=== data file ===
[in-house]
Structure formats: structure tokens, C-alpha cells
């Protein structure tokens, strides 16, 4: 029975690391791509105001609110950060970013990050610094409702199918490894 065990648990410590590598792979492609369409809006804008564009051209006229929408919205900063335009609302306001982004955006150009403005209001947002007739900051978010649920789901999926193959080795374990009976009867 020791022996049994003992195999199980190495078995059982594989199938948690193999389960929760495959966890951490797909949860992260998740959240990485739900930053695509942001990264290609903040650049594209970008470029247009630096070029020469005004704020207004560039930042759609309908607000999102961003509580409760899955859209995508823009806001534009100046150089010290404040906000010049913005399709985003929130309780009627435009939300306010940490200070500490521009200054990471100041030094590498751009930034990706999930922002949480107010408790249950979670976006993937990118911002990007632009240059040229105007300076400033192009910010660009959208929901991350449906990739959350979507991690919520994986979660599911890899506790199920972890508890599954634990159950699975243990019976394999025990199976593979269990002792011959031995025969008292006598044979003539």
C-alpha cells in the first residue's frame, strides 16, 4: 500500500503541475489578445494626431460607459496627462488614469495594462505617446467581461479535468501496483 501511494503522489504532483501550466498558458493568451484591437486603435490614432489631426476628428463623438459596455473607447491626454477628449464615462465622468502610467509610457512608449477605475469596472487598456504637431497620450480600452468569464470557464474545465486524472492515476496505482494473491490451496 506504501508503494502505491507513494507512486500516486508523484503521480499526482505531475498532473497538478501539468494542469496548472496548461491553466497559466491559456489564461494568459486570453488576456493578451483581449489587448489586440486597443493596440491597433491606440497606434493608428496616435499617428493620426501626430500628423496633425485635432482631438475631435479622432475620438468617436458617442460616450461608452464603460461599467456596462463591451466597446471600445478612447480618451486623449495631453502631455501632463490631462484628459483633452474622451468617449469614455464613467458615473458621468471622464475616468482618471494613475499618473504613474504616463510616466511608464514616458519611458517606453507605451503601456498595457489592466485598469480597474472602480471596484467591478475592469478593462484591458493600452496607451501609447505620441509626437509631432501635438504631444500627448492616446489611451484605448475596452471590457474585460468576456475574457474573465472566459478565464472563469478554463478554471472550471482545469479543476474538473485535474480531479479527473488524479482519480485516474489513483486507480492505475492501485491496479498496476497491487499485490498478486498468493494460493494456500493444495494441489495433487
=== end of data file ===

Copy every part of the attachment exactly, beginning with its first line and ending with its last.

[in-house]
Structure formats: structure tokens, C-alpha cells
């Protein structure tokens, strides 16, 4: 029975690391791509105001609110950060970013990050610094409702199918490894 065990648990410590590598792979492609369409809006804008564009051209006229929408919205900063335009609302306001982004955006150009403005209001947002007739900051978010649920789901999926193959080795374990009976009867 020791022996049994003992195999199980190495078995059982594989199938948690193999389960929760495959966890951490797909949860992260998740959240990485739900930053695509942001990264290609903040650049594209970008470029247009630096070029020469005004704020207004560039930042759609309908607000999102961003509580409760899955859209995508823009806001534009100046150089010290404040906000010049913005399709985003929130309780009627435009939300306010940490200070500490521009200054990471100041030094590498751009930034990706999930922002949480107010408790249950979670976006993937990118911002990007632009240059040229105007300076400033192009910010660009959208929901991350449906990739959350979507991690919520994986979660599911890899506790199920972890508890599954634990159950699975243990019976394999025990199976593979269990002792011959031995025969008292006598044979003539």
C-alpha cells in the first residue's frame, strides 16, 4: 500500500503541475489578445494626431460607459496627462488614469495594462505617446467581461479535468501496483 501511494503522489504532483501550466498558458493568451484591437486603435490614432489631426476628428463623438459596455473607447491626454477628449464615462465622468502610467509610457512608449477605475469596472487598456504637431497620450480600452468569464470557464474545465486524472492515476496505482494473491490451496 506504501508503494502505491507513494507512486500516486508523484503521480499526482505531475498532473497538478501539468494542469496548472496548461491553466497559466491559456489564461494568459486570453488576456493578451483581449489587448489586440486597443493596440491597433491606440497606434493608428496616435499617428493620426501626430500628423496633425485635432482631438475631435479622432475620438468617436458617442460616450461608452464603460461599467456596462463591451466597446471600445478612447480618451486623449495631453502631455501632463490631462484628459483633452474622451468617449469614455464613467458615473458621468471622464475616468482618471494613475499618473504613474504616463510616466511608464514616458519611458517606453507605451503601456498595457489592466485598469480597474472602480471596484467591478475592469478593462484591458493600452496607451501609447505620441509626437509631432501635438504631444500627448492616446489611451484605448475596452471590457474585460468576456475574457474573465472566459478565464472563469478554463478554471472550471482545469479543476474538473485535474480531479479527473488524479482519480485516474489513483486507480492505475492501485491496479498496476497491487499485490498478486498468493494460493494456500493444495494441489495433487